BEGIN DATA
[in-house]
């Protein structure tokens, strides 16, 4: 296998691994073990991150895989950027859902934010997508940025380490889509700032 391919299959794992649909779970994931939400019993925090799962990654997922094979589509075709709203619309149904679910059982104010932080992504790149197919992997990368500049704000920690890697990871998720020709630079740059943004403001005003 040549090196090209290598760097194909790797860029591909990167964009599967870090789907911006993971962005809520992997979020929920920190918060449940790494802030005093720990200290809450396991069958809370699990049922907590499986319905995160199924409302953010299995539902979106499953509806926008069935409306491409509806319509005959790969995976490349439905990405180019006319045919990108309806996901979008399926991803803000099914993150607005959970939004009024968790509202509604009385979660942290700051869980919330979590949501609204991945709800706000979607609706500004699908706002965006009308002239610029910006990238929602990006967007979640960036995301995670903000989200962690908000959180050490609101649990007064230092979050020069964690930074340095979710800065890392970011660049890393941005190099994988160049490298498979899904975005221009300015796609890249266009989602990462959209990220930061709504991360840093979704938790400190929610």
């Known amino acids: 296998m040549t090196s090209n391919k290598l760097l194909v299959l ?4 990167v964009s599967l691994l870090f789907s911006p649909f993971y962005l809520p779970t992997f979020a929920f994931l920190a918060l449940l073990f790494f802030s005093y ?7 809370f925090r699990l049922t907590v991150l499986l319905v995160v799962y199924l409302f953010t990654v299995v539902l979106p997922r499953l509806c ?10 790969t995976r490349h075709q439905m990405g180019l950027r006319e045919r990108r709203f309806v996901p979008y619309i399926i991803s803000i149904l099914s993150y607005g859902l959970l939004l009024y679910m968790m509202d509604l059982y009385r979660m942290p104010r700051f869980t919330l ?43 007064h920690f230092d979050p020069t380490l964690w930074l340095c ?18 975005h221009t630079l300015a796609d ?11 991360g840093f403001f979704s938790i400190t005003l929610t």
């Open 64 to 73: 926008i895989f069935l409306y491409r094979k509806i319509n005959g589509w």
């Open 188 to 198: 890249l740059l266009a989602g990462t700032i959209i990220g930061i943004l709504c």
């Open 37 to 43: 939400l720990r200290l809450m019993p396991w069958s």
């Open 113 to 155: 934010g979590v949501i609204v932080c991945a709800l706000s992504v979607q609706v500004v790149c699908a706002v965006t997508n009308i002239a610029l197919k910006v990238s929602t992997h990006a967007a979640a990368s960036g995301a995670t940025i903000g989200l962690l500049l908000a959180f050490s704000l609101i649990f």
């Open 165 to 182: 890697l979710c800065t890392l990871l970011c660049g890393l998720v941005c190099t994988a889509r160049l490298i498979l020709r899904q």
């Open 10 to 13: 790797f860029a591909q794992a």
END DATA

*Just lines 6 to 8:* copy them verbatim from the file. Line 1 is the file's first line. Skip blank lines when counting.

């Open 37 to 43: 939400l720990r200290l809450m019993p396991w069958s």
């Open 113 to 155: 934010g979590v949501i609204v932080c991945a709800l706000s992504v979607q609706v500004v790149c699908a706002v965006t997508n009308i002239a610029l197919k910006v990238s929602t992997h990006a967007a979640a990368s960036g995301a995670t940025i903000g989200l962690l500049l908000a959180f050490s704000l609101i649990f």
């Open 165 to 182: 890697l979710c800065t890392l990871l970011c660049g890393l998720v941005c190099t994988a889509r160049l490298i498979l020709r899904q």